UdeM gets $12.3-million grant to study blue-green algae pollution in water

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Environmental chemistry professor Sébastien Sauvé heads a research team that has received $12.3 million to study water contamination by cyanobacteria.

A research team led by Sébastien Sauvé, a professor in Université de Montréal’s Department of Chemistry, has been awarded $12.3 million over four years from Genome Canada and Génome Québec to study blue-green algae, or cyanobacteria, which threatens the water quality of a growing number of lakes and reservoirs around the world. The algae "have existed for billions of year in concentrations that have not posed a problem," said Sauvé, whose grant, announced today, is the largest of his career. "But with global warning and an increase in phosphate levels from human sources, they've proliferated. Consequently, they've become extremely toxic in some water basins. It is a public-health problem because these algae are also found in municipal water supplies.”

With three colleagues – Jesse Shapiro, professor of biological sciences at Université de Montréal; Sarah Dorner, professor in the Department of Civil, Geological and Mining Engineering at Polytechnique Montréal; and Jérôme Dupras, professor of natural sciences at Université du Québec en Outaouais – Sauvé will lead a large team of researchers to better understand the blue-green algae phenomenon. In all, some 10 professors and 30 collaborators from Canada and abroad will be involved.

Their mission is to predict, prevent and treat the proliferation (or “blooms”) of blue-green algae and assess the risks associated with these contaminations. “In addition to the threats to humans, livestock, fish and wildlife, these proliferations are extremely costly: approximately $825 million annually in the United States,” according to briefing notes provided to the media in Montreal for the announcement by Canada's science minister, Kirsty Duncan, and Quebec's minister of economy, science and innovation, Dominique Anglade.

Sauvé’s study is the largest of the 10 projects selected in Genome Canada’s 2016 competition. Daniel Coderre, President and CEO of Génome Québec, praised Quebec's “unrivalled expertise in genomics.”

Even though he was already well-acquainted with the phenomenon of cyanobacteria-contaminated waters, Sauvé first got an inkling of its true magnitude when he saw satellite photos of Lake Erie that showed nearly half its surface had a greenish hue. The Great Lakes are a source of drinking water for 8.5 million Canadians, so the issue of contamination is critically important. “It’s a global problem,” Sauvé said. "Unfortunately, with the means now at our disposal, using mass spectrometry, by the time we confirm that water from a municipal source is contaminated, thousand of people have already been using it for several days.”

Algae genomics

In order to develop a “diagnostic toolkit” to assess the risk of water-source contamination and to guide municipal officials in adopting preventive and treatment strategies, Sauvé's team will have to trace the genetic code of the various micro-organisms involved. “There are around a hundred strains of cyanobacteria, as well as other bacteria that promote or inhibit the production of toxins, and we need study them in detail to assess their role in proliferation," Sauvé said. "Half of them are still largely unknown. We must therefore determine their genetic makeup in order to characterize them. Which genes are correlated with the production of toxins? How are they expressed before and during blooms? Under what conditions?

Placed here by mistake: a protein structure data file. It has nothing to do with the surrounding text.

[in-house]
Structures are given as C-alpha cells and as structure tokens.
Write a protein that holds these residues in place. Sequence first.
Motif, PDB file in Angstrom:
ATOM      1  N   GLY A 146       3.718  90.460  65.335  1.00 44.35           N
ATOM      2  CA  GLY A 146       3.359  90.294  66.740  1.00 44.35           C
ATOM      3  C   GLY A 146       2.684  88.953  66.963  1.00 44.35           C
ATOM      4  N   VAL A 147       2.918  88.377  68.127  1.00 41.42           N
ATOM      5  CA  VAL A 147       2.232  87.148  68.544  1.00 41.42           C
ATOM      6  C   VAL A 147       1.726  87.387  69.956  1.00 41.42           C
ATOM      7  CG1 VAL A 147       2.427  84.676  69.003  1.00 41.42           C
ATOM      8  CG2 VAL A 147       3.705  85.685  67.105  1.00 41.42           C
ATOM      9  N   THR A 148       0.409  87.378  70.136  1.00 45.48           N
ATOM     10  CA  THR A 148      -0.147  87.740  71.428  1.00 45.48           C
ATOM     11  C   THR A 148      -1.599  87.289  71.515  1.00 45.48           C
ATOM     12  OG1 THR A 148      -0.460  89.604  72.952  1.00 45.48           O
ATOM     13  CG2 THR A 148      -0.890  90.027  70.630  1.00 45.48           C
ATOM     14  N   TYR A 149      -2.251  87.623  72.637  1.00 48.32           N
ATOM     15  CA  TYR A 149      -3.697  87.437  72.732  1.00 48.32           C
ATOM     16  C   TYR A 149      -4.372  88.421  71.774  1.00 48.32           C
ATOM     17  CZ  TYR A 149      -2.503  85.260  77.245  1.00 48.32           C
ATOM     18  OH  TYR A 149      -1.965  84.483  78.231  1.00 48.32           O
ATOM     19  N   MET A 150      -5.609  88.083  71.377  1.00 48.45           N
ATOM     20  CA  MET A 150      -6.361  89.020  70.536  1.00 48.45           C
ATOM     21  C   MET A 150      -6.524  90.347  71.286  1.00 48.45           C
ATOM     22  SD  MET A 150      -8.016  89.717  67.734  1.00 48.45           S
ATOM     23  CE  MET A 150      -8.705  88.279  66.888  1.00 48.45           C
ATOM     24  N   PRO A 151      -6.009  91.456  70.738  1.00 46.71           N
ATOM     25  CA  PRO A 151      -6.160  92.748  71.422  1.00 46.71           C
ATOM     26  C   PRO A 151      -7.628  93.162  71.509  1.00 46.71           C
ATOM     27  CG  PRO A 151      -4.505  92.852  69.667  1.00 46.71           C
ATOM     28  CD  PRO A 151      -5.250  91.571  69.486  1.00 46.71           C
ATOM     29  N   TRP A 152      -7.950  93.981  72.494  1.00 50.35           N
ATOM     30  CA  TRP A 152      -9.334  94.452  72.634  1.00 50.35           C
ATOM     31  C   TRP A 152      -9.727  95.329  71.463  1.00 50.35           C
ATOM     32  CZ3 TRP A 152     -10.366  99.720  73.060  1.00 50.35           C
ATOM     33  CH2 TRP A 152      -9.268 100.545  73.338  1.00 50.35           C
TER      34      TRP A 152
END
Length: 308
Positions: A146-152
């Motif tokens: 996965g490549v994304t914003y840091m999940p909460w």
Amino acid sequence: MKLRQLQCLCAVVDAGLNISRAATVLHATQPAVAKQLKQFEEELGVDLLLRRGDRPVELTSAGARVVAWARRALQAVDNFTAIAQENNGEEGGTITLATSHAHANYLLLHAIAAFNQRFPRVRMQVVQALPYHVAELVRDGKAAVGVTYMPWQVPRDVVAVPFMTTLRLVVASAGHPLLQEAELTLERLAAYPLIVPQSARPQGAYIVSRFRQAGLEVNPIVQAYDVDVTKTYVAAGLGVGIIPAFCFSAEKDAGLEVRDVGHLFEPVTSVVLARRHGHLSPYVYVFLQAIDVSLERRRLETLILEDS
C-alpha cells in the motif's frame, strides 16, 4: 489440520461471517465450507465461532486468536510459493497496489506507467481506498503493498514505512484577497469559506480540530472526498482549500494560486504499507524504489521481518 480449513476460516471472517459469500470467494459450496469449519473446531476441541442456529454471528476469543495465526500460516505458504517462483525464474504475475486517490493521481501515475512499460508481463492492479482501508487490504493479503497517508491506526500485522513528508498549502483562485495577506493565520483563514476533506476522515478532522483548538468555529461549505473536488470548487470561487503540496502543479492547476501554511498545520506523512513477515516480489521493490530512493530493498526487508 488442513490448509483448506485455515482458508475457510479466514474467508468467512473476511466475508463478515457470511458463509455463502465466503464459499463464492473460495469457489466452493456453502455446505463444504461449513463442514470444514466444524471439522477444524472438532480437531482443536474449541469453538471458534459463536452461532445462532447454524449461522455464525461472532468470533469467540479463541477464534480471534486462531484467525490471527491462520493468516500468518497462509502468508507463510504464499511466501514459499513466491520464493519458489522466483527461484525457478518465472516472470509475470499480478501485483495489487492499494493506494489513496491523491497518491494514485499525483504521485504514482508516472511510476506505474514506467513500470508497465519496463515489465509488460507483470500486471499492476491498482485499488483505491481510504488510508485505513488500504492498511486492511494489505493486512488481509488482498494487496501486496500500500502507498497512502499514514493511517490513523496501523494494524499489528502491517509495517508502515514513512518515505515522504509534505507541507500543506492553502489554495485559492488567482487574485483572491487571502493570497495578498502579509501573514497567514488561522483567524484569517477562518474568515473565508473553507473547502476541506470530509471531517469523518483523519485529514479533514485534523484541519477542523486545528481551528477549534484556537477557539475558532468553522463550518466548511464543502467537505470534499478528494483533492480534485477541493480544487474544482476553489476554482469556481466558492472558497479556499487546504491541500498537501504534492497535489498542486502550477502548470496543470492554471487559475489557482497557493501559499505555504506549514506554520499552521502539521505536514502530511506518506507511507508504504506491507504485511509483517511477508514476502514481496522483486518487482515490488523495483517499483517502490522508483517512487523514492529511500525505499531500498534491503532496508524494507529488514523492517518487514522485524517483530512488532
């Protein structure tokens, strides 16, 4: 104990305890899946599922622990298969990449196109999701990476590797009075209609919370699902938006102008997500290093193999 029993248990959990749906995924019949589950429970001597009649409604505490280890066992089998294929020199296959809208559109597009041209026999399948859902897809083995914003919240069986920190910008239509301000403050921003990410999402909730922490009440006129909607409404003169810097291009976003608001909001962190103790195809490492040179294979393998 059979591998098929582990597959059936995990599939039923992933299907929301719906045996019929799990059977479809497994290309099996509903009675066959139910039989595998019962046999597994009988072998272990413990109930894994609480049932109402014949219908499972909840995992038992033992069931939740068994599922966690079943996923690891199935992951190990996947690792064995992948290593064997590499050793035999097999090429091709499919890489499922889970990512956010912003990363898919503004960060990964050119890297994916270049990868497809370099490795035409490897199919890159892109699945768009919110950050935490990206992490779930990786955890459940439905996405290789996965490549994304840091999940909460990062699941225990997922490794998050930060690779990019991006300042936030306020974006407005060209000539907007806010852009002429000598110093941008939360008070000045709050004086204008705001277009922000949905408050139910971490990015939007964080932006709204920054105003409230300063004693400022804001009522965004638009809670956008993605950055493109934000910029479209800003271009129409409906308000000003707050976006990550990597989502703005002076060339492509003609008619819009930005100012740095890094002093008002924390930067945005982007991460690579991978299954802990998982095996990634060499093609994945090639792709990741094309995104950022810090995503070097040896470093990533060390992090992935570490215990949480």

“Ultimately, we hope to provide municipal waterworks with an easy-to-use toolkit that uses a green-yellow-red colour code. One of our challenges is to predict when cyanobacteria concentrations become problematic. We have seen lakes change colour overnight.”

According to Quebec’s Ministère du Développement durable, de l’Environnement et de la Lutte contre les changements climatiques, blue-green algae "bloom" when they  hits a concentration level equal to or greater than 20,000 cyanobacteria cells per millilitre. When a blue-green algae bloom occurs on the water’s surface, often near the shore, it is called “foam” and may have “the appearance of a paint spill or broccoli soup.” The government department regularly monitors blue-green algae, and its latest report lists 17 new cases of contamination in 2015 (including lakes in the Gaspé and Abitibi). These are in addition to 82 bodies of water already affected in Quebec.

The sampling area Sauvé's team will study extends outside Quebec and Canada. “We are confirming partnerships with China and other Asian countries, but we are certain that we can count on collaborations with Europe, Australia, New Zealand and the three Americas,” he noted.

Some inspiration from Finland

It is impossible to eliminate cyanobacteria, but interventions are possible at various levels to reduce the harmful effects of blue-green algae. “We would like to know, for example, whether cost-sharing is possible to help farmers change their methods, and to what extent," Sauvé said. "If this entails additional costs, will citizens and other stakeholders be willing to bear those costs, and will producers be willing to change their ways of doing things? Our work will help determine this."

Sauvé noted that Finland, a Nordic country with climate conditions similar to Canada’s, has managed to considerably reduce the effects of cyanobacteria in its lakes and rivers. “It proves that we can intervene effectively when we attack the right targets,” the researcher concluded.

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